17 People

Posts Tagged ‘wikipedia

Weekly #8: Position Unchanged

leave a comment »

After our discussion during Class 9, my position on Wikipedia remains unchanged. I still think it’s a great initial source for all topics, including breaking news. Two things in particular stuck out to me from Garrett’s lecture:

  1. Wikipedia values both the crowd and the community.
  2. Journalism is not so much a profession as it is an activity, and that notion is consistent with the interpretation of the First Amendment.

When it comes to breaking news, I find that the traditional media outlet rarely has the facts totally correct in the first hours of the event. Neither does Wikipedia, for that matter. However, what Wikipedia does have that a media outlet doesn’t is the collective wisdom of people who have the common purpose of wanting to spread information as it unfolds. And the amount of contributors can be well into the hundreds within an hour, some of whom are on the ground witnessing the event first hand. These early contributors tend to belong to the crowd, and not each contributor is equally engaged or factually accurate. That’s not a problem, however, because soon the community members of Wikipedia take over. They edit the facts, put them in chronological order, and add visuals to produce systematic coverage of a news event. These are the superusers who are dedicated to making sure the facts are not only accurate but also tell a complete story. They are natural, truth-seeking storytellers.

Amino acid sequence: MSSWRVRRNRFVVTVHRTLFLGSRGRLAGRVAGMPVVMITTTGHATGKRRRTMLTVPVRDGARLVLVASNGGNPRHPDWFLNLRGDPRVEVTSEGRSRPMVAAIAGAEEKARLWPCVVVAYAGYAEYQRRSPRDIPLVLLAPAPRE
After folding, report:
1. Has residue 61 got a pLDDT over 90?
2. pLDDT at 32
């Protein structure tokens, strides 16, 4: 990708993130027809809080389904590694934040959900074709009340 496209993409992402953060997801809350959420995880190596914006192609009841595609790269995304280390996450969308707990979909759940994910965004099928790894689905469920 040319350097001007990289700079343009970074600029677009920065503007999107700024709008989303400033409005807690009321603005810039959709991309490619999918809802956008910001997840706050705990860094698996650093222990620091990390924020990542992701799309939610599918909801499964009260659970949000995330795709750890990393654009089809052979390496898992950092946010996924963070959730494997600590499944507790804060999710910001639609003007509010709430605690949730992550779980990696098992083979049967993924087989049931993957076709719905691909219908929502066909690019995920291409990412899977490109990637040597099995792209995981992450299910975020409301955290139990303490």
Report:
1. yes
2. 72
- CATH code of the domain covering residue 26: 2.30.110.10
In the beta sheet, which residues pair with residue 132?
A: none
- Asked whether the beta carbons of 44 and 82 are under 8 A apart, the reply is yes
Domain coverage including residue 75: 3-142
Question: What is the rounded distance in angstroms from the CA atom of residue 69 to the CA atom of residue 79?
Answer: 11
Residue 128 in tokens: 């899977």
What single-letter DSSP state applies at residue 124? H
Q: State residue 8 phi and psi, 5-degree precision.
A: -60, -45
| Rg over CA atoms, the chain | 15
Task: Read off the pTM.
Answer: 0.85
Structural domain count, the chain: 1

That same description could be ascribed to journalists. Their professionalism is dependent upon the verifiability of the facts they present in their news stories. So if Wikipedia contributors, specifically the dedicated superusers that make up the community, rely upon the same verification process for news entries, are they not considered journalists too? Even those in the crowd reporting the facts as they receive them for breaking news are acting as journalists. Garrett’s point that the Supreme Court has interpreted the First Amendment in a way that is consistent with the argument that we can all be journalists was well argued. And it is proven true through Wikipedia every day.